16. Thanks for your powerful analysis. I’ll never forget how dehumanized I felt when I learned about this in seminary years ago. I feel like this verse is a perfect example of what it means to ‘take the Lord’s name in vain’. Leadership likes to act like this is all in the past and doesn’t impact us today, but your piece and the testimonies of the commenters here show how it continues to cause hurt and abuse today, and will continue to do so.

  17. “Destroyed”??? Really? She wasn’t. She outlived Joseph AND Brigham Young so we know she wasn’t destroyed physically. Her spirit? No, it will live forever, just like we all will. This is just a frustrated man trying to strong arm his wife into accepting polygamy.

    Oh, and let’s assume, for the sake of argument, that polygamy will be lived in the Celestial Kingdom. I hate to break it to you, but if you are just a horny man hoping to have sex with as many women as possible, you ain’t gonna make it anyway.

  18. Another thought. (Just can’t help it.) Women won’t be able to give birth 108 billion times, but men will be able to impregnate women 108 billion times? Really?

  19. Most of the time I just try to ignore D&C 132, kind of the way the Church does when it comes up in Sunday School.(Nothing to see here, folks, just move along.) But I have to admit, my feelings about President Nelson weren’t great from the very start of his tenure, due to his very first press conference. Not only did he treat some respected female reporters patronizingly he also quoted from D&C 132. I remember thinking, “Oy, this is the section that informs how you see women?”

  20. Interesting post, but you’ve misrepresented v.64 and 65. Verse 64 clearly says it applies only to the man “who holds the keys of this power” (and his first wife). So verses 64 and 65 only refer to Joseph Smith and Emma (and, presumably, subsequent key-holding prophets?) You’ve changed the wording through paraphrasing, ellipses and brackets to make it appear as if these verses applied to *all* first wives and husbands.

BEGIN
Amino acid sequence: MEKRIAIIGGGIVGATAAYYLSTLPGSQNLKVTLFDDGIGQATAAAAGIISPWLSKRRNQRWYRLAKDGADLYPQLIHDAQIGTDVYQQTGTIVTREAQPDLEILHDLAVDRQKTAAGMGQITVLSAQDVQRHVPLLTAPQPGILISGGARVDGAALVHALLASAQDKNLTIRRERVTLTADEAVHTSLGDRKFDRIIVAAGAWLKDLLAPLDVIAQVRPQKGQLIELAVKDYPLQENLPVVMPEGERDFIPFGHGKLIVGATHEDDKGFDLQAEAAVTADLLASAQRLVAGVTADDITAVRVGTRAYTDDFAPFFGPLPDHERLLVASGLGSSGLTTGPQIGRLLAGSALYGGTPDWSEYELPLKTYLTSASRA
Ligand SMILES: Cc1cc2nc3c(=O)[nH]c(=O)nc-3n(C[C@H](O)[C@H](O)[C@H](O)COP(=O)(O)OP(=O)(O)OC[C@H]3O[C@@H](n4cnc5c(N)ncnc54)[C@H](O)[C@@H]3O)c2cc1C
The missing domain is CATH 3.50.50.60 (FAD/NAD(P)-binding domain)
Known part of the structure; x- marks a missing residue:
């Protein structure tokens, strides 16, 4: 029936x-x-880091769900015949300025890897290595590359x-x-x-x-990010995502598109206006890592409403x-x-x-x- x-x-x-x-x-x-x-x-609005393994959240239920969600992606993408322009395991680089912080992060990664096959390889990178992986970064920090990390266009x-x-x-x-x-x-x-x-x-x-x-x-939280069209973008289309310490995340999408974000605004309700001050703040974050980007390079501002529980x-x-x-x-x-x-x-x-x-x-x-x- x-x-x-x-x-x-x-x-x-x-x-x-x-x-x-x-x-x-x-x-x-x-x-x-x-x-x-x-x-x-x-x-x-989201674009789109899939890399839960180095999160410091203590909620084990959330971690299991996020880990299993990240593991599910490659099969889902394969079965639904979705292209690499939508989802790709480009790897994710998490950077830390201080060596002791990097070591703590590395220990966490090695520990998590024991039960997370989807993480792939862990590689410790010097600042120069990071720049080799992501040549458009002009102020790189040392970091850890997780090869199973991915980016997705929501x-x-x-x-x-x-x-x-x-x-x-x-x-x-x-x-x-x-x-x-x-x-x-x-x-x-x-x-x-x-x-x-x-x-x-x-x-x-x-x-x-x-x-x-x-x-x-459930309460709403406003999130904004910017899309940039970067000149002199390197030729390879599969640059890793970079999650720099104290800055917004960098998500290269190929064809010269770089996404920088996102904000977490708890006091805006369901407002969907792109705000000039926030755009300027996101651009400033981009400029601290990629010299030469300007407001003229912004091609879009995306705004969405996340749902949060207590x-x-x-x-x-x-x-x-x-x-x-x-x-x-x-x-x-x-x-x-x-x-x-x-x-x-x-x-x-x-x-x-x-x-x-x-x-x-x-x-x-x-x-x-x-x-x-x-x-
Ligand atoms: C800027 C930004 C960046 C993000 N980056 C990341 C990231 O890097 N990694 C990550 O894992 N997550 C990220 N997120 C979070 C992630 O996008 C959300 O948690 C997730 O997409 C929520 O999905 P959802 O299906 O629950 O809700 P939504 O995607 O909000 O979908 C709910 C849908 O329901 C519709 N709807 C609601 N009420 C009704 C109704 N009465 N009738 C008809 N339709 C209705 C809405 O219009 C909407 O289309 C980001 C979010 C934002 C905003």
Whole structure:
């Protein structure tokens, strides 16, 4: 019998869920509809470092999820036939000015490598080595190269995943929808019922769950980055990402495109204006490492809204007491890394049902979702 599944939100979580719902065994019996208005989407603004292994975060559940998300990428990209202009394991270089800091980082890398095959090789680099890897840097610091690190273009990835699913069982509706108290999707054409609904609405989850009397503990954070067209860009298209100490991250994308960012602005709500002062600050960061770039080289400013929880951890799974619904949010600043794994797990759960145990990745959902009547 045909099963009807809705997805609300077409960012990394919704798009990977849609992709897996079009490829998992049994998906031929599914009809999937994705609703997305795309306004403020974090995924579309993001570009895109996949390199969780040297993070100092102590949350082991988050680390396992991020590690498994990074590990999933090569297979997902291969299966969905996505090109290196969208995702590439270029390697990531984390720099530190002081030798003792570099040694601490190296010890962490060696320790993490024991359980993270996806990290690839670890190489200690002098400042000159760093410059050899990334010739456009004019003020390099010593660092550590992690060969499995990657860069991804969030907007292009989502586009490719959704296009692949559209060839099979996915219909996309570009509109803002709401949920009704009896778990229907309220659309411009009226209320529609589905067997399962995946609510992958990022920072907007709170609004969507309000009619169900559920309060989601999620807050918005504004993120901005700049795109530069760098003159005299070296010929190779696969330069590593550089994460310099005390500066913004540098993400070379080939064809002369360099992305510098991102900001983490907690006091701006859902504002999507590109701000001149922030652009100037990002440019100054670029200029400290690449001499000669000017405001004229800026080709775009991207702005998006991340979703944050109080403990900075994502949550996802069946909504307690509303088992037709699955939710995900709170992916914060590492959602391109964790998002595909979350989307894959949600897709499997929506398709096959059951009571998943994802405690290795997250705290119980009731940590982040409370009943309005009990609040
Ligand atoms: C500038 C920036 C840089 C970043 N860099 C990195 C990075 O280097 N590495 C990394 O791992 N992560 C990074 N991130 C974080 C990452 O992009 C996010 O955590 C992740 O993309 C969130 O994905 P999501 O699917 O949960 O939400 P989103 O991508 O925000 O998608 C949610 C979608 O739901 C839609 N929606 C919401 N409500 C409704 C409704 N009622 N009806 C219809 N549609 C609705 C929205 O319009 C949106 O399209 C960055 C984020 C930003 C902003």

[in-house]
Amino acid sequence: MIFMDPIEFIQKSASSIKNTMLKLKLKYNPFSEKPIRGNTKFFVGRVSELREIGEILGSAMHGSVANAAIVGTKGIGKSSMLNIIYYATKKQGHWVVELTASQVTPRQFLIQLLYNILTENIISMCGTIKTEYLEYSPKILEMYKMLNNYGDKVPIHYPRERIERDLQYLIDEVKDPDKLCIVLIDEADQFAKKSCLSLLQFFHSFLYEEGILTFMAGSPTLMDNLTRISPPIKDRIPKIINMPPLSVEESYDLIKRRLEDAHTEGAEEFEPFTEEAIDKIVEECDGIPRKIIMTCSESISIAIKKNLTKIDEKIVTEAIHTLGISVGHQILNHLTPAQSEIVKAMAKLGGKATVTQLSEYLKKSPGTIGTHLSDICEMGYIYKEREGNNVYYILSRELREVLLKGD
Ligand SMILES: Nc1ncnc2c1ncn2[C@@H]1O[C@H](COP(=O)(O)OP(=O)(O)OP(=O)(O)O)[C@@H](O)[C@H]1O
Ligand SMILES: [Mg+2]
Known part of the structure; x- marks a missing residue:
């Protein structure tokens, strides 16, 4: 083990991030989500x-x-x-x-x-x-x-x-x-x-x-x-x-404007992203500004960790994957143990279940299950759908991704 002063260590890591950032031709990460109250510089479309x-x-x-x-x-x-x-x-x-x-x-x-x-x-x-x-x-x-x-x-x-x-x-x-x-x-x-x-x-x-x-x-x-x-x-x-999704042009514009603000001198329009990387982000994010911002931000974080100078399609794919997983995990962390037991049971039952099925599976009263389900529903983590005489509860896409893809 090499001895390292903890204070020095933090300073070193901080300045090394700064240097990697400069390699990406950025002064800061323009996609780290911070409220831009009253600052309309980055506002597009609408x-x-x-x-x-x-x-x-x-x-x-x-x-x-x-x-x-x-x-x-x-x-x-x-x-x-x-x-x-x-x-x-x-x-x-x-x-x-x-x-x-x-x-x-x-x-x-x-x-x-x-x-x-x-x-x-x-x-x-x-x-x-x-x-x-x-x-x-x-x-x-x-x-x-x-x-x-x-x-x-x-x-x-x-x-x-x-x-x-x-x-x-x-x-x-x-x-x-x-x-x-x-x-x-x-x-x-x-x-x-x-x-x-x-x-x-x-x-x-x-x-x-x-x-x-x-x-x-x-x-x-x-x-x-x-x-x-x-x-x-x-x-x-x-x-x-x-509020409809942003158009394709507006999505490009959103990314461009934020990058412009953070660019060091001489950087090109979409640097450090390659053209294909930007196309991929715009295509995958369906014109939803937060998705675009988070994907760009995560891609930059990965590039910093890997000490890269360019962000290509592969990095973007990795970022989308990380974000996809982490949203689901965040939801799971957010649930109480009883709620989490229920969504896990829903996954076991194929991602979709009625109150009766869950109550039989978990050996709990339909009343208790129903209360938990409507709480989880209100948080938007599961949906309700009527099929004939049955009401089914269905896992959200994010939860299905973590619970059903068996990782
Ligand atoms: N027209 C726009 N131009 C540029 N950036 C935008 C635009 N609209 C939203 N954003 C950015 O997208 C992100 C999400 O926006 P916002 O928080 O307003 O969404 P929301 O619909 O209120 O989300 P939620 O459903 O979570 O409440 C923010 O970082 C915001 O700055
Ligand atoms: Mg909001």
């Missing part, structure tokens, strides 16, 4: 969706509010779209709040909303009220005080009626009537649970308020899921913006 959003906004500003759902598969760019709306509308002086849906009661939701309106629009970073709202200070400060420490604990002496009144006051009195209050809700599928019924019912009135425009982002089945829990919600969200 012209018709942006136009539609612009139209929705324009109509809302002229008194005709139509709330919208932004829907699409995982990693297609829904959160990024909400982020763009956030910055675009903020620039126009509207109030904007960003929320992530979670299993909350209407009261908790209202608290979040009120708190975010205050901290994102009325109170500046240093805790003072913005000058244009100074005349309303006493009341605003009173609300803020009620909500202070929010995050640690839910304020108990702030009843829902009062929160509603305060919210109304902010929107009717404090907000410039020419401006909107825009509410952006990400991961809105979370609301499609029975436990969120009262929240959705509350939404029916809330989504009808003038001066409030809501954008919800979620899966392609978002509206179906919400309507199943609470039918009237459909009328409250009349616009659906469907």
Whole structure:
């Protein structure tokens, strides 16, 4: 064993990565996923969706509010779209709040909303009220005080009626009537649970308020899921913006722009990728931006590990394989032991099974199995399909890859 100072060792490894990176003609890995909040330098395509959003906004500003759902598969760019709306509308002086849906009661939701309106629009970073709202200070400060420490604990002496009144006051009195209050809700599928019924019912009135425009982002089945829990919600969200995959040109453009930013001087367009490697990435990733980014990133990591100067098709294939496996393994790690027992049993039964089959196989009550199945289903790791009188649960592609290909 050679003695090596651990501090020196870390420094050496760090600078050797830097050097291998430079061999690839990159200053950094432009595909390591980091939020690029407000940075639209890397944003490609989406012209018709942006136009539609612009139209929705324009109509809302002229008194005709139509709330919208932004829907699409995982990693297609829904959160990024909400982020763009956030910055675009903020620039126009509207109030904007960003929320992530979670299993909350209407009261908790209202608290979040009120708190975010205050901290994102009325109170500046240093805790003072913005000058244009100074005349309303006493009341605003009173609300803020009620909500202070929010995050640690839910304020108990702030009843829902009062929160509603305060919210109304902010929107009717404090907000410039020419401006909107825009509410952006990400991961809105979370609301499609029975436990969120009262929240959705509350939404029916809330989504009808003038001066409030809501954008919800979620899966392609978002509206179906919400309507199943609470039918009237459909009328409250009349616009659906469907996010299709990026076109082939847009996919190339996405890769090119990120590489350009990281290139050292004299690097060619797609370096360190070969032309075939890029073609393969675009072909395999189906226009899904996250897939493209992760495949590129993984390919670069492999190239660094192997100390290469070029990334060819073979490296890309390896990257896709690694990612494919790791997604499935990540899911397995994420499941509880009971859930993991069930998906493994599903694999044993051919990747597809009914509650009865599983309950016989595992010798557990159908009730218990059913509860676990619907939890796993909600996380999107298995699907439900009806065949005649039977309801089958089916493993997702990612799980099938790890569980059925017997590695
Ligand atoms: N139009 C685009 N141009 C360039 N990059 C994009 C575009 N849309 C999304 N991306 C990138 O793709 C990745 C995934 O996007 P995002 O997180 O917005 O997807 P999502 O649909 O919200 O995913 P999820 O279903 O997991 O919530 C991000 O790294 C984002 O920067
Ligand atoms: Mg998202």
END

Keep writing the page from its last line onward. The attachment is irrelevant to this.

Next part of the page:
21. Thank you for this. The rotten seed of canonized misogyny continues to bear rotten fruit and it won’t be resolved until we rip it up and repent. Pretending section 132 is just about eternal marriage and ignoring the weird and violent stuff isn’t good enough.

    Alas, that’ll never – ever – ever – happen. Ever.

    And I know the JJ’s of the world mean well and I mean no harm by this but I’d love to do a poll of the active male membership and if that’s how most of the men in the pews feel about women then I am not interested in sharing those pews with them because I am more than an eternal baby factory thank you very much. So really, if that’s how the average Mormon man feels maybe I am better off knowing that so I don’t waste any more time on the Church. Seriously.

  22. Thanks everyone.

    Jon B, take another look. Verse 64 opens by universalizing this covenant from Joseph and Emma out to a much broader context — that’s what makes it so interesting. “64 And again, verily, verily, I say unto you, if *any man* [my emphasis] have a wife, who holds the keys of this power…”

    This isn’t Joseph Smith. This is “*any man*…who holds the keys of this power.” The text doesn’t delineate what those keys are or which men hold them, but in practice (especially under Brigham Young) it came to mean any man who was sealed in the new and everlasting covenant by the authority of a man who held the delegated keys of the sealing power.

  23. Here is an informal analysis I did a few years ago on section 132 that may demonstrate just how negative and dark of a section it really is (keeping in mind that section 132 is roughly only 2.4% of entire D&C in terms of pages):

    • the word “adultery” occurs 10 times (50% of total D&C occurrences) and a #1 ranking for most in a D&C section
    • the words “murder” or “murdered” occur 4 times (33.3% of total) and a #1 ranking
    • the words “damn” or “damned” occur 3 times (27.3% of total) and a #1 ranking